Part Used: Fruit

Local Uses: The ripened fruits are crushed to powder and mixed with wheat flour, then fried in Desi Ghee. It is locally called Halwa and is a general body tonic.


Family Hippocastanaceae


Botanical Name: Aesculus indica (Wall ex Cambl.) Hk.f. (Fig. 4.31)

Local Name: Jawaz

Common Names: Horse Chestnut (Eng.)

Part Used: Fruits, leaves, wood

Local Uses: Leaves are used as fodder. Nuts are colic, used for the cure of chest diseases in horses, donkeys and mules. Wood is used in making furniture, agricultural appliances and gun buts. Also used for burning purposes.


Family Juglandaceae


Botanical Name: Juglans regia L.

Local Name: Ghuz

Common Names: Akhrot (U); Walnut (Eng.)

Part Used: Nuts, bark, leaves, and wood

Local Uses: It is used in standard furniture, also used for carving. Nuts can infect throat due to its oily nature. It has warm nature and can cause jaundice. It is also used as a dye. Used in naming i.e., Ghuz. Decoction of leaves is given in eczema and intestinal worms. Nuts are sold in local markets from where they are exported to big markets throughout Pakistan. Bark (Dandasa) is used for cleaning and sparkling teeth. Leaves are also used as lips make-up, particularly by women, as it imparts a pinkish color to the lips. Removal of the bark, however, injures the trees. In extreme cases, it even kills them. Moreover, it is suspected that the bark is used in preparing fake tea, which is harmful to the health. For this reason, extraction of walnut bark has been banned by the government. It is still extracted by forest dwellers, however, for domestic use and for sale to visitors. Prior to the ban, the bark was exported to the Middle East.


Family Juniperaceae


Botanical Name: Juniperus communis L.

Local name: Ghoghar

Part used: Whole plant

Local Uses: The plant is added to mustard oil and kept over night. The plant is then removed and applied on the body for curing itching.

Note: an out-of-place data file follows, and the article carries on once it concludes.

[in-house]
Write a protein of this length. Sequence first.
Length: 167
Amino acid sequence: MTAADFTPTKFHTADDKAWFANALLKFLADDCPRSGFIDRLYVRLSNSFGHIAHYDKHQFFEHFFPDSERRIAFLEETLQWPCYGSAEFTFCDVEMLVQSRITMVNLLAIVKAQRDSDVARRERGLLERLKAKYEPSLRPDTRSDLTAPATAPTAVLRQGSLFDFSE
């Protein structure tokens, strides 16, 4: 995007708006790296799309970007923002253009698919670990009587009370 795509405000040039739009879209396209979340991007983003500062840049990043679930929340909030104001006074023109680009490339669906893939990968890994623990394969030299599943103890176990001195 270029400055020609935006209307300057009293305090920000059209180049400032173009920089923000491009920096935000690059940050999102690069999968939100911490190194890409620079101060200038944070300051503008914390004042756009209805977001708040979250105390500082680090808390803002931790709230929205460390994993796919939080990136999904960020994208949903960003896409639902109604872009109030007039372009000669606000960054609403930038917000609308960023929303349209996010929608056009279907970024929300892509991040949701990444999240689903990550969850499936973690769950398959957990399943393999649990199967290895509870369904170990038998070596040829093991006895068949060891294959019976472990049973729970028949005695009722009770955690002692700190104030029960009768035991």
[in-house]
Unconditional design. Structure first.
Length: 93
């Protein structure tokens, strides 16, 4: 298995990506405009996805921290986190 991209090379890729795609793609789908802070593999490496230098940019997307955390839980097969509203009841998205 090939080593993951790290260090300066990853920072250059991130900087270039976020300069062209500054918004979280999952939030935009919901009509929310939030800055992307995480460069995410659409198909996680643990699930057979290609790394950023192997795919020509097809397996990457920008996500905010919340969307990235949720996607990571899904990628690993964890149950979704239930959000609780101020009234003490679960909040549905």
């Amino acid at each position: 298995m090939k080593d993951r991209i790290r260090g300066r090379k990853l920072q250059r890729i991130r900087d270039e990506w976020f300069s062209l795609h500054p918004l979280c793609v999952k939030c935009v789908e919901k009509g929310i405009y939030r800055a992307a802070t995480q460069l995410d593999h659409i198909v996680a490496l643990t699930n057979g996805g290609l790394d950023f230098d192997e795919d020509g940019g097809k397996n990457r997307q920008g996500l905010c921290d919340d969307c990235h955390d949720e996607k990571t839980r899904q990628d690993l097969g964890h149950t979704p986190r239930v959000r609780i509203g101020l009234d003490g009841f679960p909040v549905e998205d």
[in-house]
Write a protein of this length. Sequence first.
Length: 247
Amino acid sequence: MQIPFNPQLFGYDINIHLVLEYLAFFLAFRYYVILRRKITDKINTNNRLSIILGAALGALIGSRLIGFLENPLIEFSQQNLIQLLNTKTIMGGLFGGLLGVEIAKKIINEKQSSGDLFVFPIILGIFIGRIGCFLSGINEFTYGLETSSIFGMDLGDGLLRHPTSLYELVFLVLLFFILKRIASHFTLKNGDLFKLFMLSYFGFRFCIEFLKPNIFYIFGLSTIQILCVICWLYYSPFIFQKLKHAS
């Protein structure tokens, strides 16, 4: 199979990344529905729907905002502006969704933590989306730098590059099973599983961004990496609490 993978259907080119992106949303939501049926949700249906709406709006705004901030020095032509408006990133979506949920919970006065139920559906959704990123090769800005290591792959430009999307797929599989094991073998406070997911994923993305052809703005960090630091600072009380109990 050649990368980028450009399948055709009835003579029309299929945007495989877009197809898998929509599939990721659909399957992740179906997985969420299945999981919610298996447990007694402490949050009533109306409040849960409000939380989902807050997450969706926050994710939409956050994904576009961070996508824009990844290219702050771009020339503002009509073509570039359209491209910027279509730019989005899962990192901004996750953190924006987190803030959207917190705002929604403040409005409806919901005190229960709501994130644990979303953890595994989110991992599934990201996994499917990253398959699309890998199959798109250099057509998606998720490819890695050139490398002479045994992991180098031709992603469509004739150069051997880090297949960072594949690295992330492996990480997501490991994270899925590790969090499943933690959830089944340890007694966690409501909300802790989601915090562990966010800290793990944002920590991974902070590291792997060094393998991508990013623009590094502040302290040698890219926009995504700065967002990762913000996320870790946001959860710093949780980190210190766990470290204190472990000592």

Family Meliaceae


Botanical Name: Cedrela serrata Royle

Local Name: Meem

Part Used: Bark, leaves

Local Uses: Wood and root bark of this plant is used for roundworms. The decoction of leaves is used for hair washing. The juice is administered in diabetes. Also used as cooling agent.


Family Moraceae


Botanical Name: Ficus carica L.

Local Name: Inzar

Common Names: Injeer (U); Fig (Eng.)

Part Used: Fruits, latex, leaves, wood

Local Uses: Laxative, fuel wood and demulcent. Milk of leaves is a remedy for the nail wound. Used in constipation, piles and urinary bladder problems. Latex is used to make the removal of spines and thorns easy. It is considered as holly tree. Superstitious stories are related, if one saw its flower, he will become rich. Inzargul (Flower of fig) is used for a person who meets after a long time. It is also a name of a person. Fruits, both in dry or fresh form, are edible. Leaves serve as fodder.


Botanical Name: Morus alba L.

Local Name: Spin Toot

Common Names: Sufaid Toot (U); Mulberry (Eng.)

Part Used: Fruits, leaves, branches, trunk

Local Uses: Fruits are eaten both fresh and dry. They are laxative, purgative. Leaves are emollient, used for cleaning throat, cooling agent, anthelmintic and astringent. Baskets are also made from the flexible branches. Wood is used in furniture. Leaves were once used in rearing silkworms. Leaves are eaten by goats and sheep. It also provides shade.


Botanical Name: Morus nigra L.

Local Name: Tor Toot

Common Names: Kala Toot (U); Balck Mulberry (Eng.)

Part Used: Leaves, fruits, branches, wood

Local Uses: Fruits are eaten however they are laxative; leaves are emollient, used for cleaning throat, cooling agent, anthelmintic and astringent. Baskets are made of flexible branches. Wood is used in making furniture. Shade tree, fuel wood, leaves are fodder for sheep and goats.


Family Oleaceae


Botanical Name: Olea ferruginea Royle (Fig. 4.34)

Synonym: O. cuspidata Wall. ex G. Don

Local Name: Khona

Common Names: Zaitoon & Kahu (U); Olive (Eng.)

Part Used: Fruits, leaves and trunk